The Sainsbury’s ad causes ructions. Another crucial step has been taken towards protecting net neutrality. And graphic design’s profile gets a credibility boost courtesy of Australia’s Bureau of Statistics.
3 cool bits of marketing news
If you’re in marketing, you’re living in particularly exciting times… here are my favourite bits of marketing news for November.
Does Sainsbury’s Christmas advert lack compassion?
Are you uncomfortable about ‘The Sainsbury’s advert’? Apart from the saccharine way they’ve portrayed the sheer horror of the First World War, the sponsorship aspect has completely overtaken the cause. Sainsbury’s appears first in the credits list with the charity, The Royal British Legion, mentioned in second place. Which feels disrespectful.
If I was Sainsbury’s I’d be a bit more sensitive, putting myself second. Do they really care about the charity’s aims and the people it serves? It doesn’t feel like it, and feelings are pretty important in this context.
I wonder what my Great Granddad, Frank Hutchinson, would have felt about supermarket harnessing his soul-destroying Somme experiences to sell food and FMCG? He survived WW1 to lead a long and happy life in Scruton, one of the few ‘Thankful Villages’ to which every soldier returned safely. I owe him my life, as do my mum and gran. He deserves better than Sainsbury’s sugary efforts which, underneath the gloss and high production values, don’t seem particularly compassionate.
I just hope the charity benefits as much as the supermarket. It’d be interesting to know.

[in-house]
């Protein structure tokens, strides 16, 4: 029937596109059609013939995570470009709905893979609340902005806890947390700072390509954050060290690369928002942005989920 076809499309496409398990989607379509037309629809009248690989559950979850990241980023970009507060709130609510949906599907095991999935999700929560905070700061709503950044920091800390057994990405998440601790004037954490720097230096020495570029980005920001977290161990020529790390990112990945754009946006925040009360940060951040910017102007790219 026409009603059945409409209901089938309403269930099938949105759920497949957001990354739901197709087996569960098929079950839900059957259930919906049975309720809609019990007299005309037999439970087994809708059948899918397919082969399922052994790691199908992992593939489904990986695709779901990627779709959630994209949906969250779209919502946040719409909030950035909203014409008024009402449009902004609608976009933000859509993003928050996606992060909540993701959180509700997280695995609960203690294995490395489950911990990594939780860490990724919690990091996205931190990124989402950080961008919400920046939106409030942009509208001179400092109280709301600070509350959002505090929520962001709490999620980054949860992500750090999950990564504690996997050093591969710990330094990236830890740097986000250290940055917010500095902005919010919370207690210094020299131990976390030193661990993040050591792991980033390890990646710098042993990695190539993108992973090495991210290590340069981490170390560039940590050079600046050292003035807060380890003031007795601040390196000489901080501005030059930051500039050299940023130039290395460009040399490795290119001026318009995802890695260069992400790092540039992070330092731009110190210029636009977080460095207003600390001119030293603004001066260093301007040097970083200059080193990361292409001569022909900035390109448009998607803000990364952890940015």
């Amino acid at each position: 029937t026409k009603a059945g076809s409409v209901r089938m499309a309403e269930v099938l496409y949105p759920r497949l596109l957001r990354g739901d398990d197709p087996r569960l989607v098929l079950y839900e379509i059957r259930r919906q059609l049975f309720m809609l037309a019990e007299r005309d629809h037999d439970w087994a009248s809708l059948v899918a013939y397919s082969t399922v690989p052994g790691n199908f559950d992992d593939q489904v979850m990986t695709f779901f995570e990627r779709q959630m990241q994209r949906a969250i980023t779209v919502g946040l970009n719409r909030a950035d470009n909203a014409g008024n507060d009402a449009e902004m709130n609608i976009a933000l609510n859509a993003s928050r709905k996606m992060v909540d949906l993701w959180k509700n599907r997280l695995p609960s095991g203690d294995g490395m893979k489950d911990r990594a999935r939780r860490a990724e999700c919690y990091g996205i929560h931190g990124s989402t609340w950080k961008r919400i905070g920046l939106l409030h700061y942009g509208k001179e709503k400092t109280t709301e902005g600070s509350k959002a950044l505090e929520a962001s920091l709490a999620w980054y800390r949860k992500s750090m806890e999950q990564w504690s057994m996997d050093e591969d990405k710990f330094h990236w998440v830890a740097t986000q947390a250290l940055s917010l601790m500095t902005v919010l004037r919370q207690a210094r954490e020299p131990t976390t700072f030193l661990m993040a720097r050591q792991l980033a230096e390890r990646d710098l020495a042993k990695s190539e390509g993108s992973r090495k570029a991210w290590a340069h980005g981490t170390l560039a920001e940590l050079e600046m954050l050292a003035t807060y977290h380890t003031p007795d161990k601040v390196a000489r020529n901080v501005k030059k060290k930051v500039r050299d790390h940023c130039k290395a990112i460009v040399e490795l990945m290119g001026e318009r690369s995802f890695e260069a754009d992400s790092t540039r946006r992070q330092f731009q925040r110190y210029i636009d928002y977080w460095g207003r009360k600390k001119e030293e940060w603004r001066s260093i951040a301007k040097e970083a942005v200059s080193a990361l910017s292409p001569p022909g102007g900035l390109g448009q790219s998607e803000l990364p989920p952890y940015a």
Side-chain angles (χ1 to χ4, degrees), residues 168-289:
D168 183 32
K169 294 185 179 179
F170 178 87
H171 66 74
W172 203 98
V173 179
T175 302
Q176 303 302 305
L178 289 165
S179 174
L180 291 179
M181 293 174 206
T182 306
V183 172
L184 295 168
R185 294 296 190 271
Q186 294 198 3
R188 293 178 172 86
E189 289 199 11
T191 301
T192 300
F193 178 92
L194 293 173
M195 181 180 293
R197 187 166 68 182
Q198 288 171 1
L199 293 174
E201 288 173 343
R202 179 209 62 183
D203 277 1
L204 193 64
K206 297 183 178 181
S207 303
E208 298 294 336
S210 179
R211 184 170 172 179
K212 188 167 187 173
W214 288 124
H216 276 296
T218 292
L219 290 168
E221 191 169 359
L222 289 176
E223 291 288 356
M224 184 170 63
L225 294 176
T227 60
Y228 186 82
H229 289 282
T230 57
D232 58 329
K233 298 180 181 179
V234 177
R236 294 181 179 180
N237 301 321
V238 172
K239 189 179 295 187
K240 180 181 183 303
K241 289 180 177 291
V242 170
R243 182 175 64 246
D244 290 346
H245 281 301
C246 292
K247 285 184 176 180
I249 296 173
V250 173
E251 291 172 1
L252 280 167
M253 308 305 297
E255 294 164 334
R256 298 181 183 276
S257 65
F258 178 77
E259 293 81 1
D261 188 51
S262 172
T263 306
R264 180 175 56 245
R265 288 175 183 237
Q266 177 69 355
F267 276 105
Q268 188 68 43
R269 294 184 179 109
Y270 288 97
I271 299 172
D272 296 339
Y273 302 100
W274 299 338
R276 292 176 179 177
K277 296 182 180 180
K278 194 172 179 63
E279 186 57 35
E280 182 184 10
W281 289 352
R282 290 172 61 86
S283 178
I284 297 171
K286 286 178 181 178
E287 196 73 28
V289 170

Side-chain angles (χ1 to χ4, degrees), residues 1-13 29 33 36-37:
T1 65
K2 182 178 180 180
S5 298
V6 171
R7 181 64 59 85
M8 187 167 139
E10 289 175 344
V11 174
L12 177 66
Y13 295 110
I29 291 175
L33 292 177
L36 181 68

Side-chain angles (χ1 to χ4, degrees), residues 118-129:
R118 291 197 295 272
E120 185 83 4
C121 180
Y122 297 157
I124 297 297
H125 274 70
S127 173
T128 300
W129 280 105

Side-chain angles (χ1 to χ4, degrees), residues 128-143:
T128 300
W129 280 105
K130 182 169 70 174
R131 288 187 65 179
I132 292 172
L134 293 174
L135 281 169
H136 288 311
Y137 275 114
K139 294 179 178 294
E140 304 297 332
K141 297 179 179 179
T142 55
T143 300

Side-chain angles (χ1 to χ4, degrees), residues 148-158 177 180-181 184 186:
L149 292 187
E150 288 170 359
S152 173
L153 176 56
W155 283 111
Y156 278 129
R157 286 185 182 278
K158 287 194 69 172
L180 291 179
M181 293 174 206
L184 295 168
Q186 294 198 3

Happy news for a neutral internet
At long last, the big political guns are coming out in favour of a neutral internet. Barack Obama has asked the US Federal Communications Commission to adopt rules in support of net neutrality, the idea that all the data on the web is treated equally.
Net neutrality means ISPs won’t be allowed to charge for preferential access and could even see them reclassified. Instead of being treated as ‘information services’ they might become ‘public utilities’, forced to provide internet access in the same way as water and energy companies. And as such they’ll come under regulation.
If it becomes law, the ruling means ISPs won’t be able to speed up, slow down or block connections to any online service, or charge for priority services at the expense of people and businesses with shallower pockets.
Plain packaging does reduce shelf-appeal
If you don’t appreciate the considerable power and influence of graphic design, it’s time to think again. Here’s some proof. The Australian Bureau of Statistics says their revolutionary cigarette packaging experiment has borne fruit.
Apparently in the first quarter of 2014, tobacco consumption in the country hit an all-time low. It looks like plain fag packets have indeed slashed the appeal of ciggies, to the dismay of the tobacco industry. It’s also great news for graphic designers, whose credibility has probably enjoyed a huge boost. If you’re thinking about cutting corners on graphic design, you might want to think again!